A top U.K. representative is visiting Taiwan trying to sell a positive picture of Britain’s future amid the Brexit crisis.

Lord Mayor of the City of London Jeffrey Mountevans yesterday met with President Tsai Ing-wen (蔡英文) and other political and business leaders, before briefing media in Taipei.

“My priority, really, is to reassure people: Britain is very much still open for business,” he said in response to a question from The News Lens International. “If I can reassure you, and get that into your papers and broadcast media, that is what I am seeking to do here.”

Mountevans is the highest ranking U.K. official to visit Taiwan's since the change to the Tsai-led government. While his position – like the City of London itself – holds a longstanding and unique place in the British political system, he described the contemporary role as a spokesperson for London’s financial services industry.

As the ongoing uncertainty from the U.K.’s decision to leave the European Union continues to dominate headlines around the world, Mountevans largely reiterated the messages the wounded U.K. government has been pushing since the shock referendum result.

That included: saying it would be difficult for another city “to replicate the breadth and depth of London’s offer,” the U.K. would not “turn its back on Europe,” and that there was a long process yet to run.

“I am optimistic as to the outcome of all of this and I think you should all be too,” Mountevans said.

He went as far as saying there are “great opportunities” during times of change.

“This is actually a very good time to invest in the U.K., because with the rate of exchange down, of course, you can buy property 10% cheaper than you could three weeks ago.”

Photo Credit: Reuters/達志影像

The Lord Mayor of London Jeffrey Mountevans (L) and his wife Lady Mayoress Juliet Moutevans take part in a procession at the Lord Mayor's Banquet in London, Britain November 16, 2015. REUTERS/Neil Hall

In response to a reporter’s question about several London property funds recently suspending trading – after a flurry of investors tried to withdraw their cash – Mountevans said the move was a “sensible precaution,” and he suggested market watchers should not be “spooked.”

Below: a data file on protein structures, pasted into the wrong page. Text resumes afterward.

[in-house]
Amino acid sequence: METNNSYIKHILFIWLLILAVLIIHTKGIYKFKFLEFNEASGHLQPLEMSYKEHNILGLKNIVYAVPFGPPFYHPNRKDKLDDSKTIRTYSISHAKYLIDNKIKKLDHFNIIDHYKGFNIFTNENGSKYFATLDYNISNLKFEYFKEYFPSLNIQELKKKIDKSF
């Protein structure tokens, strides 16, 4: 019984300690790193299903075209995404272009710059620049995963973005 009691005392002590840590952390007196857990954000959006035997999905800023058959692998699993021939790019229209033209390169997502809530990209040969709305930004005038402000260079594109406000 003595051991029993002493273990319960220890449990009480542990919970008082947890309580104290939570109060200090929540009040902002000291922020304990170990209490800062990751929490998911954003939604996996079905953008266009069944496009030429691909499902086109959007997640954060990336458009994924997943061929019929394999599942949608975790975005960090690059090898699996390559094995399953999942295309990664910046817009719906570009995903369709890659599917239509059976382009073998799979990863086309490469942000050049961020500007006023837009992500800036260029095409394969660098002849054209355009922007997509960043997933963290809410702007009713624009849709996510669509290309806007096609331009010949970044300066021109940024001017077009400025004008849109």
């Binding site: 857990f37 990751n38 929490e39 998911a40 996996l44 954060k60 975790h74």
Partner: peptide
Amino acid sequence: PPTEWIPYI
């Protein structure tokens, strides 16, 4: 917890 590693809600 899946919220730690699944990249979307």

“Some short-term investors maybe felt they wanted to get their money out, because of the uncertainty in the short-term. I think the funds have acted very responsibly, by suspending [withdrawals] for the time being, so as not to prejudice the interest of the medium- and long-term holders of the fund.”

In the wake of Brexit, major international banks, which have long-based their European operations in London, are expected to move some of their staff and offices to E.U. member countries to maintain better market access. Bloomberg yesterday reported that Frankfurt is expecting to see a boost in commercial real-estate prices as the change happens.

Mountevans, however, said that while certain teams in banks may leave London, he did not expect a widespread exodus from the city’s financial sector.

“I think you will quite possibly find additional activities being done in London that were not being done before," he said in response to a question from Bloomberg. "It is a dynamic situation.”

In terms of trade and investment between Taiwan and the U.K., his outlook was equally sanguine. He pointed to the “big potential” in creative industries, and the “real potential” in "fintech."

Mountevans is scheduled to also visit South Korea and Japan in July, and China and Hong Kong in September.

First Editor: Olivia Yang
Second Editor: J. Michael Cole